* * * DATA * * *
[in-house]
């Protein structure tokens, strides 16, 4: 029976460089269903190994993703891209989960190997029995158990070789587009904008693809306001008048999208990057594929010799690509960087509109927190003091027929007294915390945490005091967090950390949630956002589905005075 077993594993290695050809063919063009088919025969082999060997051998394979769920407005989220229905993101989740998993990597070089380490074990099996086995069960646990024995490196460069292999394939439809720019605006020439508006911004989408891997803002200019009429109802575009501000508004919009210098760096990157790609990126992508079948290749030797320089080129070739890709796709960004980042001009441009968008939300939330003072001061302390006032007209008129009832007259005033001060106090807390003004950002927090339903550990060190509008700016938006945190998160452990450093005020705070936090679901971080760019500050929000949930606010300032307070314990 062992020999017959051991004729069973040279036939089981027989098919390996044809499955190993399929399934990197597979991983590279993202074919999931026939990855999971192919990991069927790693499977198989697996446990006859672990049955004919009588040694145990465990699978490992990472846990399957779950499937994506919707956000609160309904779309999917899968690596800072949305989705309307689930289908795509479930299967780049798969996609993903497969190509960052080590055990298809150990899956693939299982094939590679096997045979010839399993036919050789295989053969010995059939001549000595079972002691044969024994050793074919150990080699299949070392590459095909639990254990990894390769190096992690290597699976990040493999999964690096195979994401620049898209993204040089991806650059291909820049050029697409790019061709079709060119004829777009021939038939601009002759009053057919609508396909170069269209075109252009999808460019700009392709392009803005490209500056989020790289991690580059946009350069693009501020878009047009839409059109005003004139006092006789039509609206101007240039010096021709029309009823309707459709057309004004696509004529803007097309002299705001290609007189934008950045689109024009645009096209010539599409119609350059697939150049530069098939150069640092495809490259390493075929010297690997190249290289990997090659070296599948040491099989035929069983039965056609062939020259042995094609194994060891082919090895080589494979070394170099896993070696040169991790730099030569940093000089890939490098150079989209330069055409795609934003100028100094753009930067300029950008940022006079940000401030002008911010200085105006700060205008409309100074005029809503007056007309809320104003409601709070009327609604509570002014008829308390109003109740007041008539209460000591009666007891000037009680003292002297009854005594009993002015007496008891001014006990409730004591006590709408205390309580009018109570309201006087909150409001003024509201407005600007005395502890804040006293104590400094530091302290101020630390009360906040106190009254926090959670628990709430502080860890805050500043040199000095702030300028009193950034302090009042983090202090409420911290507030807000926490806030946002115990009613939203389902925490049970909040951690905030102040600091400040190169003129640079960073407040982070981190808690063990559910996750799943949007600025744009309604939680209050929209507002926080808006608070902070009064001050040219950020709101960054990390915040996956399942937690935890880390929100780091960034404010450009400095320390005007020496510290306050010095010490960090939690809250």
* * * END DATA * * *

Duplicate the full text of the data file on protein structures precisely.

[in-house]
């Protein structure tokens, strides 16, 4: 029976460089269903190994993703891209989960190997029995158990070789587009904008693809306001008048999208990057594929010799690509960087509109927190003091027929007294915390945490005091967090950390949630956002589905005075 077993594993290695050809063919063009088919025969082999060997051998394979769920407005989220229905993101989740998993990597070089380490074990099996086995069960646990024995490196460069292999394939439809720019605006020439508006911004989408891997803002200019009429109802575009501000508004919009210098760096990157790609990126992508079948290749030797320089080129070739890709796709960004980042001009441009968008939300939330003072001061302390006032007209008129009832007259005033001060106090807390003004950002927090339903550990060190509008700016938006945190998160452990450093005020705070936090679901971080760019500050929000949930606010300032307070314990 062992020999017959051991004729069973040279036939089981027989098919390996044809499955190993399929399934990197597979991983590279993202074919999931026939990855999971192919990991069927790693499977198989697996446990006859672990049955004919009588040694145990465990699978490992990472846990399957779950499937994506919707956000609160309904779309999917899968690596800072949305989705309307689930289908795509479930299967780049798969996609993903497969190509960052080590055990298809150990899956693939299982094939590679096997045979010839399993036919050789295989053969010995059939001549000595079972002691044969024994050793074919150990080699299949070392590459095909639990254990990894390769190096992690290597699976990040493999999964690096195979994401620049898209993204040089991806650059291909820049050029697409790019061709079709060119004829777009021939038939601009002759009053057919609508396909170069269209075109252009999808460019700009392709392009803005490209500056989020790289991690580059946009350069693009501020878009047009839409059109005003004139006092006789039509609206101007240039010096021709029309009823309707459709057309004004696509004529803007097309002299705001290609007189934008950045689109024009645009096209010539599409119609350059697939150049530069098939150069640092495809490259390493075929010297690997190249290289990997090659070296599948040491099989035929069983039965056609062939020259042995094609194994060891082919090895080589494979070394170099896993070696040169991790730099030569940093000089890939490098150079989209330069055409795609934003100028100094753009930067300029950008940022006079940000401030002008911010200085105006700060205008409309100074005029809503007056007309809320104003409601709070009327609604509570002014008829308390109003109740007041008539209460000591009666007891000037009680003292002297009854005594009993002015007496008891001014006990409730004591006590709408205390309580009018109570309201006087909150409001003024509201407005600007005395502890804040006293104590400094530091302290101020630390009360906040106190009254926090959670628990709430502080860890805050500043040199000095702030300028009193950034302090009042983090202090409420911290507030807000926490806030946002115990009613939203389902925490049970909040951690905030102040600091400040190169003129640079960073407040982070981190808690063990559910996750799943949007600025744009309604939680209050929209507002926080808006608070902070009064001050040219950020709101960054990390915040996956399942937690935890880390929100780091960034404010450009400095320390005007020496510290306050010095010490960090939690809250």